Have you ever wondered how you get five digits on each hand and foot?
Why did you not develop four, six, or another number entirely?
Turns out there are three molecules you should thank.
The genes, known as Bmp, Wnt, and Sox9, work together to tell the body where to grow fingers.
As an embryo, you start to develop limbs at around week four.
A network of molecules that work together to create patterns in nature was first proposed by World War II codebreaker Alan Turing.
He became interested in computational biology later on in his career. In 1952 Turing wrote a paper predicting that chemicals could spread out over developing plants and animals, creating a pattern and determining the final form of the organism.
Now scientists have shown that Turing's network is in fact how fingers form.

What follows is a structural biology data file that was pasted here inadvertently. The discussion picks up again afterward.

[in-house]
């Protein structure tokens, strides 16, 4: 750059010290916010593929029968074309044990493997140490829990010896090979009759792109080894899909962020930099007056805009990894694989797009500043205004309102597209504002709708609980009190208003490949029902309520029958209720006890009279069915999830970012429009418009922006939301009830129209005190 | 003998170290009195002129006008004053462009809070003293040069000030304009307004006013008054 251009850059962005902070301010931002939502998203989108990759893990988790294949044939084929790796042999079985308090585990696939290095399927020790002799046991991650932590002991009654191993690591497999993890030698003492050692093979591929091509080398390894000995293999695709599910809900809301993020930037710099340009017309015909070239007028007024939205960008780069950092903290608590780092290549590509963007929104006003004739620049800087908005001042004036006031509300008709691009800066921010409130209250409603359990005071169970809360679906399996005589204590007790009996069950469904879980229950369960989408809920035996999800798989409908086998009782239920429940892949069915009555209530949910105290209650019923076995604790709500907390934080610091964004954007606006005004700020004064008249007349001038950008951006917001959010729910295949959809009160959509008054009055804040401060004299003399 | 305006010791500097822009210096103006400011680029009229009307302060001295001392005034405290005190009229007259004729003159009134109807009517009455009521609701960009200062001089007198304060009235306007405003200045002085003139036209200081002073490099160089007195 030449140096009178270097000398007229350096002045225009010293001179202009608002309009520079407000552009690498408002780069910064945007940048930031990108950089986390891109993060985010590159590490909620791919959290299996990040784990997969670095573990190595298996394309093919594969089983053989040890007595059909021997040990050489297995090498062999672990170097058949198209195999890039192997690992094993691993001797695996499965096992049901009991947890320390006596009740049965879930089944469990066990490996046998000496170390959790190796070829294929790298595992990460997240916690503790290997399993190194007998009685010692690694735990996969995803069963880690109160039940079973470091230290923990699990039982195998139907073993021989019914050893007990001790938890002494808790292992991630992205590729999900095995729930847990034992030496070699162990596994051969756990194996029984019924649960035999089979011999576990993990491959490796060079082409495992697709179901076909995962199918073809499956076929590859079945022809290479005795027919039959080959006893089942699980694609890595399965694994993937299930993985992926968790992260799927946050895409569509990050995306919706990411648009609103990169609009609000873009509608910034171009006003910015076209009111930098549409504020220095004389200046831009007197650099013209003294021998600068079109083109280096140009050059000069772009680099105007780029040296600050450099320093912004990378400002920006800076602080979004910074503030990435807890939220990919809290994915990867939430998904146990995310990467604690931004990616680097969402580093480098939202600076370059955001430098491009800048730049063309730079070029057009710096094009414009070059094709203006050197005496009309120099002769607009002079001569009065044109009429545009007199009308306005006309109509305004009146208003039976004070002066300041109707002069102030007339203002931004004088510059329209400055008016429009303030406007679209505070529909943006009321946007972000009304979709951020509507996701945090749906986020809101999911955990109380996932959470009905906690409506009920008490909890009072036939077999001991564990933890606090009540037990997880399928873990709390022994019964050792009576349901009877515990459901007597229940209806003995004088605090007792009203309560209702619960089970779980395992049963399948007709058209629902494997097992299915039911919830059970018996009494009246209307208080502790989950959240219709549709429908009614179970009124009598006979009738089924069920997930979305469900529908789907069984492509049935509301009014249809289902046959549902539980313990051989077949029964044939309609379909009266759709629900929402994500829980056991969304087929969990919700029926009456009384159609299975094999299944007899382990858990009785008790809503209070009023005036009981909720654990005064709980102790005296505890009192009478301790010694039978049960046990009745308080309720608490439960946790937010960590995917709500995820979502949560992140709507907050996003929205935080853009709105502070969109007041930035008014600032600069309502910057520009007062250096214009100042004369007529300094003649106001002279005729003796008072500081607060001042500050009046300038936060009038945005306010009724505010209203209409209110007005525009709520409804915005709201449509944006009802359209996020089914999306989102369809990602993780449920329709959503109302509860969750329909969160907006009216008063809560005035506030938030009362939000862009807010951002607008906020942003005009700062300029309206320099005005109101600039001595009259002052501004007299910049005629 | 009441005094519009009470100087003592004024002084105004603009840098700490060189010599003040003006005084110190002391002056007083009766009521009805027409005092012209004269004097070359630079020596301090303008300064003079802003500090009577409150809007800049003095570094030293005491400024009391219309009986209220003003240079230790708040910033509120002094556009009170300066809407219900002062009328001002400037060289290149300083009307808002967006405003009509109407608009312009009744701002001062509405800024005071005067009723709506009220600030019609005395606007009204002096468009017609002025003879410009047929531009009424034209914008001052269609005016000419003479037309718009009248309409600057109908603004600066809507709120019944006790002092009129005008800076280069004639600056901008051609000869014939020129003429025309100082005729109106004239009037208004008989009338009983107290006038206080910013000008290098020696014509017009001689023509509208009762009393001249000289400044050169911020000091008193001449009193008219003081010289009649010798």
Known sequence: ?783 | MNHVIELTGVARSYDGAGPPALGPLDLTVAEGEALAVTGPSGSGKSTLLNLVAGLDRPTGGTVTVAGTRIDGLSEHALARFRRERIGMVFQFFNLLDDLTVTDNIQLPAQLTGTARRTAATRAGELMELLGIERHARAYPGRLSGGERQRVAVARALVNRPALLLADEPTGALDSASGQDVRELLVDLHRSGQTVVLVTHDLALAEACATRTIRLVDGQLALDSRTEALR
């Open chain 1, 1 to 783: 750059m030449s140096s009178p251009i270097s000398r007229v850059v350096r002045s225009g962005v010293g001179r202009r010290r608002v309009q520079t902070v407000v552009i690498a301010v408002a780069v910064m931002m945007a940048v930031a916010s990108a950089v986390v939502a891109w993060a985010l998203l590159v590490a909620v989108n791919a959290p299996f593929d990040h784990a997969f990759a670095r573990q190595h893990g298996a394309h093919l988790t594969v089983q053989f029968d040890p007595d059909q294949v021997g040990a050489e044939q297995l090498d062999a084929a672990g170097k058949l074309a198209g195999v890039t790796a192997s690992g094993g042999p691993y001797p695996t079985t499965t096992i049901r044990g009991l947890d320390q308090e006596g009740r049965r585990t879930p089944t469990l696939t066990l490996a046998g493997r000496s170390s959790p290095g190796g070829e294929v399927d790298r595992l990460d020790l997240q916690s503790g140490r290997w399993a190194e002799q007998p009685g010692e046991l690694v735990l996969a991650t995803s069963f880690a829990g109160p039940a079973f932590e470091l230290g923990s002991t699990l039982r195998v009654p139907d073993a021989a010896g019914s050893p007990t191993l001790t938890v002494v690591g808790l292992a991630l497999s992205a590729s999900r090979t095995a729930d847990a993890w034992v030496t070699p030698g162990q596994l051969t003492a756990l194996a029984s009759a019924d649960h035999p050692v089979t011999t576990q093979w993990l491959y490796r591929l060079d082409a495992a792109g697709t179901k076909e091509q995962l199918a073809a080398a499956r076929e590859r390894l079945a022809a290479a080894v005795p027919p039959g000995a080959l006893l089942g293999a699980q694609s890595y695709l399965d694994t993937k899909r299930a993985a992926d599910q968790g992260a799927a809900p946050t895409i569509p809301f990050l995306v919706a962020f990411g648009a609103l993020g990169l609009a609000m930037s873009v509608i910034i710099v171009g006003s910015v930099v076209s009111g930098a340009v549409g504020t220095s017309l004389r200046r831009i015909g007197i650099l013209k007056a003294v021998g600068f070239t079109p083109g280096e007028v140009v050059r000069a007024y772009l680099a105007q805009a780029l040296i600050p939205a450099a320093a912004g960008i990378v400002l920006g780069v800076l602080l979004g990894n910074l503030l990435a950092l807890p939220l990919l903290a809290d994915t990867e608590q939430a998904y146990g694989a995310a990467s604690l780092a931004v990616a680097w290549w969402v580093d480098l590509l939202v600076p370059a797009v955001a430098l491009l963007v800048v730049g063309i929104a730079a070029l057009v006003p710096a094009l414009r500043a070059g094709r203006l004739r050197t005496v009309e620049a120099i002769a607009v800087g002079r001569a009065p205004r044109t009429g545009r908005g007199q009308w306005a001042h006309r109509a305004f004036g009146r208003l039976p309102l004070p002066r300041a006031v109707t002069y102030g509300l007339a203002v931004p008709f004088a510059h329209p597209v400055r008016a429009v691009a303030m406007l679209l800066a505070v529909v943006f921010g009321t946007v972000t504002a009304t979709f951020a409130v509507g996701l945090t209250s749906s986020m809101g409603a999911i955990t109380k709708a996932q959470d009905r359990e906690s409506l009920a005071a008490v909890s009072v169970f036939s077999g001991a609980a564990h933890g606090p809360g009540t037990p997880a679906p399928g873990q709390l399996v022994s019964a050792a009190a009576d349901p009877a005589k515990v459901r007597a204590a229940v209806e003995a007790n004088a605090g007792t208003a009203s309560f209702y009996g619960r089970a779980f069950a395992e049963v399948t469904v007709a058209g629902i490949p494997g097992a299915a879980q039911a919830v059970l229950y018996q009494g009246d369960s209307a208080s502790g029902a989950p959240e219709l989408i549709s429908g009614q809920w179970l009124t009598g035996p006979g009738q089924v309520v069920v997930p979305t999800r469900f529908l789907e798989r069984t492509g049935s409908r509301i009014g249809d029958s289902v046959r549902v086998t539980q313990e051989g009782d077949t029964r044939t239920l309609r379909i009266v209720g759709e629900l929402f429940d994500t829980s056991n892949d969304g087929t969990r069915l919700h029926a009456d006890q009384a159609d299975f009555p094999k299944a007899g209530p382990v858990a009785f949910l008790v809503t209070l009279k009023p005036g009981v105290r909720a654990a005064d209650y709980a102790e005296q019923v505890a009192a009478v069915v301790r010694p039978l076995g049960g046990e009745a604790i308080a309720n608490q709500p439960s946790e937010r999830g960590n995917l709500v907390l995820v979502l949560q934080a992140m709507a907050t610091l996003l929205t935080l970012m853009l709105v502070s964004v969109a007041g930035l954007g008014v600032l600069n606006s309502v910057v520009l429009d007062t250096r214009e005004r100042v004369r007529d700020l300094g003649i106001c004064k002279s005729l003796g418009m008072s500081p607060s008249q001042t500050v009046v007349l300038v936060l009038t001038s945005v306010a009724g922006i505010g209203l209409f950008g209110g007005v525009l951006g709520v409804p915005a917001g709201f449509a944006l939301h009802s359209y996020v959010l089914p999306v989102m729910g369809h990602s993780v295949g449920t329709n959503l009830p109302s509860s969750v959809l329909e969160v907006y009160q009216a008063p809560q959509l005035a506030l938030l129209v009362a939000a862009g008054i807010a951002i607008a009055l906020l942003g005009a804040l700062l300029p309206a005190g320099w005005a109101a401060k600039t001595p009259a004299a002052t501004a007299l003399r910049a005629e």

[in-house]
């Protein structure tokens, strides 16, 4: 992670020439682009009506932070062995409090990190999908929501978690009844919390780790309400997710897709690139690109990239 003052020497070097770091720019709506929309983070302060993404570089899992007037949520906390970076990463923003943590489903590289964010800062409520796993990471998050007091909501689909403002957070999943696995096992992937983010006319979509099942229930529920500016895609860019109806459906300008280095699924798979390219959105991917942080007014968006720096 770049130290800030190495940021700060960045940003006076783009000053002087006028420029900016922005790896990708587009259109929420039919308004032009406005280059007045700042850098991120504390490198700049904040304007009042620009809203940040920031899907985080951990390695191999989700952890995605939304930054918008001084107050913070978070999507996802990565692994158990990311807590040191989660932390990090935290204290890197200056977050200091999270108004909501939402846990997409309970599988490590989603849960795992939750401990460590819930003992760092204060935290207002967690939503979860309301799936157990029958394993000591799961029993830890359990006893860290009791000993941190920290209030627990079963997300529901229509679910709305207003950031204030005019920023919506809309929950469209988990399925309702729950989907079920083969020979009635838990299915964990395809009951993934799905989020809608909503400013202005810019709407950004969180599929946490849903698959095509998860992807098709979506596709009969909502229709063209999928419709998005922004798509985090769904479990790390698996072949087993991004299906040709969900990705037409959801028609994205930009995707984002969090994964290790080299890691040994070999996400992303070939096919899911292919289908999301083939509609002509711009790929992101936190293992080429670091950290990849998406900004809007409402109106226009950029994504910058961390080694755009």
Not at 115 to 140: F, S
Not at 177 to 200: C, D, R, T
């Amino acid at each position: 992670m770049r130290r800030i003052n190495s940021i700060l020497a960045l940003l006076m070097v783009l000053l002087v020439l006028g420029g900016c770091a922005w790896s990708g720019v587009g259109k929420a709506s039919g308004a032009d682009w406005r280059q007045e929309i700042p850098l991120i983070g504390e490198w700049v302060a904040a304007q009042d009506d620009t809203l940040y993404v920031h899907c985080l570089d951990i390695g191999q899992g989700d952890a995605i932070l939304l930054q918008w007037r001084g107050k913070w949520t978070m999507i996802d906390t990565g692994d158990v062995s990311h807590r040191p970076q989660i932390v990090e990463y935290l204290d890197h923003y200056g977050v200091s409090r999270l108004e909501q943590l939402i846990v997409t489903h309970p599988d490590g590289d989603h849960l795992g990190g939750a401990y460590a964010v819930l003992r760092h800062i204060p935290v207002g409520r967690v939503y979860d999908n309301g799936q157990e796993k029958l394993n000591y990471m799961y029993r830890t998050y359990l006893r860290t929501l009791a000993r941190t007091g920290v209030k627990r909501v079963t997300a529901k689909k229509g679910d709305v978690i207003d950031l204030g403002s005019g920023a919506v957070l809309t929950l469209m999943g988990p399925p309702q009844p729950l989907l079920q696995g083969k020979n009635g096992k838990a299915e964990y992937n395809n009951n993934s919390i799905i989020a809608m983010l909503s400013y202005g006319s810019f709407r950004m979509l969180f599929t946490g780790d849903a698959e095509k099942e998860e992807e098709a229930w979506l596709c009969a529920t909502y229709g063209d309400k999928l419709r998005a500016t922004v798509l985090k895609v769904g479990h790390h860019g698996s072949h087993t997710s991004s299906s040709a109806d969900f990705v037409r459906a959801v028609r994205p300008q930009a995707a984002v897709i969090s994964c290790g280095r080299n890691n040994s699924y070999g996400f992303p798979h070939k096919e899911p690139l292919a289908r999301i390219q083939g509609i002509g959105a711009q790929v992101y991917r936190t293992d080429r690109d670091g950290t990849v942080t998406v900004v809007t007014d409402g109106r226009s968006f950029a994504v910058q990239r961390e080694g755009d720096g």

Why (or even if) five is the optimal number is a more difficult question to answer.
"It's the ultimate meta-problem on top of everything," Sharpe told Ed Yong at Not Exactly Rocket Science.
Of course, it's not just humans that have five fingers and toes. In fact, this number dates back to before amphibians split from birds, mammals and reptiles 340 million years ago. Since then, some animals lost digits through evolution, but none seem to have gained them. (Moles and pandas have adapted a wrist bone for use as a sixth finger, but there are no examples of true six-fingered animals today.)
Biologist Michael Coates explains in Scientific American that this might reveal a constraint in digit numbers.